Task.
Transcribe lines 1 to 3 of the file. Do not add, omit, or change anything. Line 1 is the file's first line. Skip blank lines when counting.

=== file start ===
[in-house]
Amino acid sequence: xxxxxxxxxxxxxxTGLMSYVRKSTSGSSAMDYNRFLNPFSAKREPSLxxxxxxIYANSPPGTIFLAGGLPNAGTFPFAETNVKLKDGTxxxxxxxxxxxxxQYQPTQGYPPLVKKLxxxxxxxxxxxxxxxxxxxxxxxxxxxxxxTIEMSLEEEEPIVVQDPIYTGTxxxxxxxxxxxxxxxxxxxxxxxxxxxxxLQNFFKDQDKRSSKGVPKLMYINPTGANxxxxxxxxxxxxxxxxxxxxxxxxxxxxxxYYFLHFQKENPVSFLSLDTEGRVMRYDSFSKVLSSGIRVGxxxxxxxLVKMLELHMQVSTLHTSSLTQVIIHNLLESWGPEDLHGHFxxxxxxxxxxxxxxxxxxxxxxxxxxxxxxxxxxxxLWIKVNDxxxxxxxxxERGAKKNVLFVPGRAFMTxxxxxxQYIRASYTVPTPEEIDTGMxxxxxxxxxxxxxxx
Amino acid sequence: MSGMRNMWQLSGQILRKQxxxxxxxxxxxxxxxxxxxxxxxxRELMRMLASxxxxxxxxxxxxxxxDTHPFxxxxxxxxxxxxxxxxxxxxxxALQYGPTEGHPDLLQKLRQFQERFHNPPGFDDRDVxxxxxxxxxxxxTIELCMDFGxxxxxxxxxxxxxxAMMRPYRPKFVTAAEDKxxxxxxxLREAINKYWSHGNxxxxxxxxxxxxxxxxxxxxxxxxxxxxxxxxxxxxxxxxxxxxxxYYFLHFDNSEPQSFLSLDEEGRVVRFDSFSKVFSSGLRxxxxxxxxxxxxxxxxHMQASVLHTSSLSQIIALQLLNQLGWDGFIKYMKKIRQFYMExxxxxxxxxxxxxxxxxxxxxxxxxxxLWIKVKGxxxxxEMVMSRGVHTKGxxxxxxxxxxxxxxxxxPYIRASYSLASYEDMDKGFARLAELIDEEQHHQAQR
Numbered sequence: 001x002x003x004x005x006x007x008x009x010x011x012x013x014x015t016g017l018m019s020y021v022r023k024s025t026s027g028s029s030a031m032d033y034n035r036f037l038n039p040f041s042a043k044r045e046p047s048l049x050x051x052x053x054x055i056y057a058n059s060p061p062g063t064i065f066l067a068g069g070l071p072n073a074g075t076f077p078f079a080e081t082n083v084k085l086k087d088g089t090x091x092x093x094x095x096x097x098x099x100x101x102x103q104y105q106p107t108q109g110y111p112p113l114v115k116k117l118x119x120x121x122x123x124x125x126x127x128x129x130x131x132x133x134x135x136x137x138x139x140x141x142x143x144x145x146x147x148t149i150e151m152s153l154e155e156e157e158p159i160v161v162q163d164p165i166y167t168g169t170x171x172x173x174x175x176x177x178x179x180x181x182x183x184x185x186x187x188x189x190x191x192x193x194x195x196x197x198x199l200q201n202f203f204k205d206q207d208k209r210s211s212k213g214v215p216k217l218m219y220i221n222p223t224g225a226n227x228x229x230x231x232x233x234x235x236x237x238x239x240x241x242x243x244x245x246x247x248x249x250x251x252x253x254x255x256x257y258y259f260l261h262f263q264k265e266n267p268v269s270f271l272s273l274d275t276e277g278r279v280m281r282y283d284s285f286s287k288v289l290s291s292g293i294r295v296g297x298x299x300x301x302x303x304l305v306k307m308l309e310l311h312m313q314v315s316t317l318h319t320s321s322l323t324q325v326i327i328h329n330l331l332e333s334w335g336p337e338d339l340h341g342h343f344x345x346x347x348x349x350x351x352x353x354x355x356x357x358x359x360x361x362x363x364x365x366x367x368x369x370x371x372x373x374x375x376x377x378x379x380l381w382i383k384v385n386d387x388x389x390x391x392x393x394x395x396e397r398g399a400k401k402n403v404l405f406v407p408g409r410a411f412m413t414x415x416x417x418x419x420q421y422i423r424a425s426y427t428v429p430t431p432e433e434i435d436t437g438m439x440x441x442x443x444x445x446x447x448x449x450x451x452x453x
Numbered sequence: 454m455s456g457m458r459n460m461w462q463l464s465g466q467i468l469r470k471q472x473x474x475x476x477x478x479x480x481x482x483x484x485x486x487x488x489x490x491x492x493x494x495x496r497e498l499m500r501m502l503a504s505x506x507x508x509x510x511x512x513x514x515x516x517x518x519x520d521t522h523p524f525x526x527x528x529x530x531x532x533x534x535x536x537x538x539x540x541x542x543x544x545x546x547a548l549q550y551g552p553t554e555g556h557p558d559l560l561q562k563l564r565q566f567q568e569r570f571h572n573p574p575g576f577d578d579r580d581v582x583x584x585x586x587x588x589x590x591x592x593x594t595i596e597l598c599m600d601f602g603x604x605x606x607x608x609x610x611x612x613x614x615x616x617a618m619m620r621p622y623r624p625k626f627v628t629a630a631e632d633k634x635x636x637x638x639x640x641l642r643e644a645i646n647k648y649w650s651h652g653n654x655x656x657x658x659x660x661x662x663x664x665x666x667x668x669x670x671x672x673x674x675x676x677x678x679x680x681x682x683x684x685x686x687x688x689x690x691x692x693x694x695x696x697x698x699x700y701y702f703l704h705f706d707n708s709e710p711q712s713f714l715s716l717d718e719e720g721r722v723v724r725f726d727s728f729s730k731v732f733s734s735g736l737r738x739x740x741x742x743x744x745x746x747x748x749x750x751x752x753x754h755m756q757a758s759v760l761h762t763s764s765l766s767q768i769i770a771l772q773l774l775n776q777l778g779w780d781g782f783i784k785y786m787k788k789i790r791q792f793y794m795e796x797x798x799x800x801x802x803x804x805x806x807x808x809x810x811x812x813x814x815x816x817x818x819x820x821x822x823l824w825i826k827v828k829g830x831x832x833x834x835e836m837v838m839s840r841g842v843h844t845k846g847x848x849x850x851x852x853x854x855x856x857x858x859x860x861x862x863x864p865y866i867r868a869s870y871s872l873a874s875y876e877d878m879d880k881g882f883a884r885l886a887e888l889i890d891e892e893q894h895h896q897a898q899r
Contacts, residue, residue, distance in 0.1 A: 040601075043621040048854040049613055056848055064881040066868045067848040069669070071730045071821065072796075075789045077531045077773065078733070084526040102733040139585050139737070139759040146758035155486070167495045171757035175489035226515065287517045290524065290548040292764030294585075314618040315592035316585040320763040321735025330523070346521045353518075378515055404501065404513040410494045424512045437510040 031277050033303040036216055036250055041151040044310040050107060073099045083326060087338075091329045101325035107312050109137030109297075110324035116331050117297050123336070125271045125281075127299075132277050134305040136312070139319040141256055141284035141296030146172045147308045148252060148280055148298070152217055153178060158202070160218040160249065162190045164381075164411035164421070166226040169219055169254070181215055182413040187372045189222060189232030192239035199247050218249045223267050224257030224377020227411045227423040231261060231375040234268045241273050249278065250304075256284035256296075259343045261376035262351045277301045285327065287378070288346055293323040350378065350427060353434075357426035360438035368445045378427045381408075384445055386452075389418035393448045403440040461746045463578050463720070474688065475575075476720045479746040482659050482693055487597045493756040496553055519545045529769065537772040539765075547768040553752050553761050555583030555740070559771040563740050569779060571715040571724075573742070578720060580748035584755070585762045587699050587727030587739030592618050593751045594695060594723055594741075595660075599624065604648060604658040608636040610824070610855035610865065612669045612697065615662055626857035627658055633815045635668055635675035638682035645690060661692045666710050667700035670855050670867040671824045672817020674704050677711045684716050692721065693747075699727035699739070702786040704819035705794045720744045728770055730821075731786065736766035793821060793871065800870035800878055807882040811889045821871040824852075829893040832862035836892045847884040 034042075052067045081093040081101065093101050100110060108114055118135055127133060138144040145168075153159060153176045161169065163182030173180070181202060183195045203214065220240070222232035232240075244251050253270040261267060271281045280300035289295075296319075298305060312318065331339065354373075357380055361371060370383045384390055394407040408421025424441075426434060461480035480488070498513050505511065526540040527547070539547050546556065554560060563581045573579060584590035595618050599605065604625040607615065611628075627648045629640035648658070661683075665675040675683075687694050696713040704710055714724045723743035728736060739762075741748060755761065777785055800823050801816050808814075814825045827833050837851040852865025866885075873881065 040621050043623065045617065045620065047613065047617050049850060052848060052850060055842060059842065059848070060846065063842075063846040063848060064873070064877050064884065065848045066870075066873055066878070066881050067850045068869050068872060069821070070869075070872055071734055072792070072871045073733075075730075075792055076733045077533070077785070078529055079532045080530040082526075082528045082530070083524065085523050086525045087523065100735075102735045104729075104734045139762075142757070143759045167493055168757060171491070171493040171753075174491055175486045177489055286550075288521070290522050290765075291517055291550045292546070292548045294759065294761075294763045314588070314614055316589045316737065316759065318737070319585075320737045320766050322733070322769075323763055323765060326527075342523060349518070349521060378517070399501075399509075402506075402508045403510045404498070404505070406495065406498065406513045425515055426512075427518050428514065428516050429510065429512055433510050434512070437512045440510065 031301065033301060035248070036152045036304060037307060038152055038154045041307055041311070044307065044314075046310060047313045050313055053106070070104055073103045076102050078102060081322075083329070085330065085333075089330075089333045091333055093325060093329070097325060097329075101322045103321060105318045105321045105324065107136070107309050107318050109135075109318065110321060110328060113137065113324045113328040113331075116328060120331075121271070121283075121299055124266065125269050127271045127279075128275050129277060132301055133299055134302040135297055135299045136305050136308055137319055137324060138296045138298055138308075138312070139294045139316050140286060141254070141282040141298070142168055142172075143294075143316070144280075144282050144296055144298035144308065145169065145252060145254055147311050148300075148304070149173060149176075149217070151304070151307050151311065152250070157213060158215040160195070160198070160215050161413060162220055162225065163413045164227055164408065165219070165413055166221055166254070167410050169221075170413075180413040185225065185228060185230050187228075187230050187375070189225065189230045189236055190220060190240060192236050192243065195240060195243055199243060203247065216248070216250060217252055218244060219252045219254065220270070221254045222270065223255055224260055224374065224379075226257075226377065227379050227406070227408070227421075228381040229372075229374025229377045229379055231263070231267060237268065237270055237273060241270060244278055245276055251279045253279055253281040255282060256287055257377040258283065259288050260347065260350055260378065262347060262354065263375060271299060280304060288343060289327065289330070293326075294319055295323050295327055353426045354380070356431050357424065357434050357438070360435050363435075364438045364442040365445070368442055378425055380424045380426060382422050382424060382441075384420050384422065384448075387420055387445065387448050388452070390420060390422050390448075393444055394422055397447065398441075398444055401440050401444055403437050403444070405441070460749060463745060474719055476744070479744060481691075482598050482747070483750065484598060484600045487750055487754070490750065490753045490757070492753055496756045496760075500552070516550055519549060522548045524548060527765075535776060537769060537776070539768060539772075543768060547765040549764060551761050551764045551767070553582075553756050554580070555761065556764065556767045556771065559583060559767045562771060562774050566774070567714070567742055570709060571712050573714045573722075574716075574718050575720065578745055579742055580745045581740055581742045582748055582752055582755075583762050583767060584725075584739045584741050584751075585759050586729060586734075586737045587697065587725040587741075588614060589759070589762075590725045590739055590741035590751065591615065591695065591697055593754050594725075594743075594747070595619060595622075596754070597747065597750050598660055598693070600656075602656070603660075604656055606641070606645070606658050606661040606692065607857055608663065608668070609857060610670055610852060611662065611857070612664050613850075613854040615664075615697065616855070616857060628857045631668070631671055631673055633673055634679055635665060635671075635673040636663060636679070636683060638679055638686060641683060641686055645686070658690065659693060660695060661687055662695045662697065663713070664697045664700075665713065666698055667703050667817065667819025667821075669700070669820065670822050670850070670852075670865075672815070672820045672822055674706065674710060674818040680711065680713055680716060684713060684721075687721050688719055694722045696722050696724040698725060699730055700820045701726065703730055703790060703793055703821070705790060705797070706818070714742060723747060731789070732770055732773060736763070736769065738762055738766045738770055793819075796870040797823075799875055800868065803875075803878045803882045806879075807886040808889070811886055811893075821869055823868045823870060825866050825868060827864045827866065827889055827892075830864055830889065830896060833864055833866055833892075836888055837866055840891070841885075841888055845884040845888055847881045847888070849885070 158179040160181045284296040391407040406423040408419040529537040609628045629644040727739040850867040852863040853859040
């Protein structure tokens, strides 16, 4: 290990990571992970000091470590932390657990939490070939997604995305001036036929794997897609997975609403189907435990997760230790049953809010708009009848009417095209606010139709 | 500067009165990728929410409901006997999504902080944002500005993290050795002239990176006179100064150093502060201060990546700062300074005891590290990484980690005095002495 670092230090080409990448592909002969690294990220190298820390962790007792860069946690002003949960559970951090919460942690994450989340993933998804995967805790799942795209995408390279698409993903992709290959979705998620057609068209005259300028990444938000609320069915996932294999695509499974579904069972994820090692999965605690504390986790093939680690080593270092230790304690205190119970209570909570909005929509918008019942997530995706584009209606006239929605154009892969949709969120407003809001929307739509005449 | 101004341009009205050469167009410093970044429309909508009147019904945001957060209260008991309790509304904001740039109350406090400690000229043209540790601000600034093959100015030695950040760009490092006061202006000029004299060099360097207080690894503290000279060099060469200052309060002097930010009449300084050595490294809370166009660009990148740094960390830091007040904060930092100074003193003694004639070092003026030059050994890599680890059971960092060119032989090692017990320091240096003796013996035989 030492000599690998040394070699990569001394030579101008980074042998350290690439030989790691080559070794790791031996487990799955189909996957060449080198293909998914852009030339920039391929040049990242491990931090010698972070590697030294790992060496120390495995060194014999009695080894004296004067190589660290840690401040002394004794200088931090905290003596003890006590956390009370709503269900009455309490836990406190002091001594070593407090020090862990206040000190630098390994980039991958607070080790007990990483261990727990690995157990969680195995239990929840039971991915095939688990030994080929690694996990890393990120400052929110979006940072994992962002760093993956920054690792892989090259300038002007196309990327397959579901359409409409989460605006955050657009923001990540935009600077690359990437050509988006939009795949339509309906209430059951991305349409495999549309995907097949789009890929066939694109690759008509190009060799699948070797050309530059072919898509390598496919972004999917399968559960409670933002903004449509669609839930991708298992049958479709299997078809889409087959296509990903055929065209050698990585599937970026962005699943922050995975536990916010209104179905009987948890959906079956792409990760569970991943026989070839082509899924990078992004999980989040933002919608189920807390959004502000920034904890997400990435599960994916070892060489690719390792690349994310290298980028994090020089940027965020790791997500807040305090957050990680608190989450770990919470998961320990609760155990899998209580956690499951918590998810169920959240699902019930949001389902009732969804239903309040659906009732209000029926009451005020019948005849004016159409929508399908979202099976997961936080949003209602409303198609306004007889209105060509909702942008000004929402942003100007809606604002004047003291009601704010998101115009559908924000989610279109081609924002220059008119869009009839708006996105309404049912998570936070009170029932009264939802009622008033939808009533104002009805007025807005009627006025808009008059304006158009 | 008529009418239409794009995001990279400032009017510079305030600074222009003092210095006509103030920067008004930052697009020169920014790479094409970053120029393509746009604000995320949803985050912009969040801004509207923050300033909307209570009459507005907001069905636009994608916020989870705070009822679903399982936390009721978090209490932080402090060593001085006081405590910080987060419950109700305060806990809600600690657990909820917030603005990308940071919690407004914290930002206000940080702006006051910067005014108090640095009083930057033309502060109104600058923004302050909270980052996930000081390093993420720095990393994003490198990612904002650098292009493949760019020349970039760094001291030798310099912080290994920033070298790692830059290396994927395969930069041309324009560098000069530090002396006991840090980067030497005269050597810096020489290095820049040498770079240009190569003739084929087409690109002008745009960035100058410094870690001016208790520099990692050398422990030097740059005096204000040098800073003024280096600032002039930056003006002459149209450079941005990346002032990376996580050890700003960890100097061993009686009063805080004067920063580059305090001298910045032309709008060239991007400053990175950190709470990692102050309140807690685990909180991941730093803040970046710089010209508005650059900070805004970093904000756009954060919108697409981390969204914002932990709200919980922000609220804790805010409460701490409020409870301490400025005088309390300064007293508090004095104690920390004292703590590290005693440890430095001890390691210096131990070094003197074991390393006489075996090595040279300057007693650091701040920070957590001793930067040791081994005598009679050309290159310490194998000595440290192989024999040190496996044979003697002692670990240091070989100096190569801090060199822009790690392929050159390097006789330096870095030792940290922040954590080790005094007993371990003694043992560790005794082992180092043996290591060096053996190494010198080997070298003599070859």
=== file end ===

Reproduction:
[in-house]
Amino acid sequence: xxxxxxxxxxxxxxTGLMSYVRKSTSGSSAMDYNRFLNPFSAKREPSLxxxxxxIYANSPPGTIFLAGGLPNAGTFPFAETNVKLKDGTxxxxxxxxxxxxxQYQPTQGYPPLVKKLxxxxxxxxxxxxxxxxxxxxxxxxxxxxxxTIEMSLEEEEPIVVQDPIYTGTxxxxxxxxxxxxxxxxxxxxxxxxxxxxxLQNFFKDQDKRSSKGVPKLMYINPTGANxxxxxxxxxxxxxxxxxxxxxxxxxxxxxxYYFLHFQKENPVSFLSLDTEGRVMRYDSFSKVLSSGIRVGxxxxxxxLVKMLELHMQVSTLHTSSLTQVIIHNLLESWGPEDLHGHFxxxxxxxxxxxxxxxxxxxxxxxxxxxxxxxxxxxxLWIKVNDxxxxxxxxxERGAKKNVLFVPGRAFMTxxxxxxQYIRASYTVPTPEEIDTGMxxxxxxxxxxxxxxx
Amino acid sequence: MSGMRNMWQLSGQILRKQxxxxxxxxxxxxxxxxxxxxxxxxRELMRMLASxxxxxxxxxxxxxxxDTHPFxxxxxxxxxxxxxxxxxxxxxxALQYGPTEGHPDLLQKLRQFQERFHNPPGFDDRDVxxxxxxxxxxxxTIELCMDFGxxxxxxxxxxxxxxAMMRPYRPKFVTAAEDKxxxxxxxLREAINKYWSHGNxxxxxxxxxxxxxxxxxxxxxxxxxxxxxxxxxxxxxxxxxxxxxxYYFLHFDNSEPQSFLSLDEEGRVVRFDSFSKVFSSGLRxxxxxxxxxxxxxxxxHMQASVLHTSSLSQIIALQLLNQLGWDGFIKYMKKIRQFYMExxxxxxxxxxxxxxxxxxxxxxxxxxxLWIKVKGxxxxxEMVMSRGVHTKGxxxxxxxxxxxxxxxxxPYIRASYSLASYEDMDKGFARLAELIDEEQHHQAQR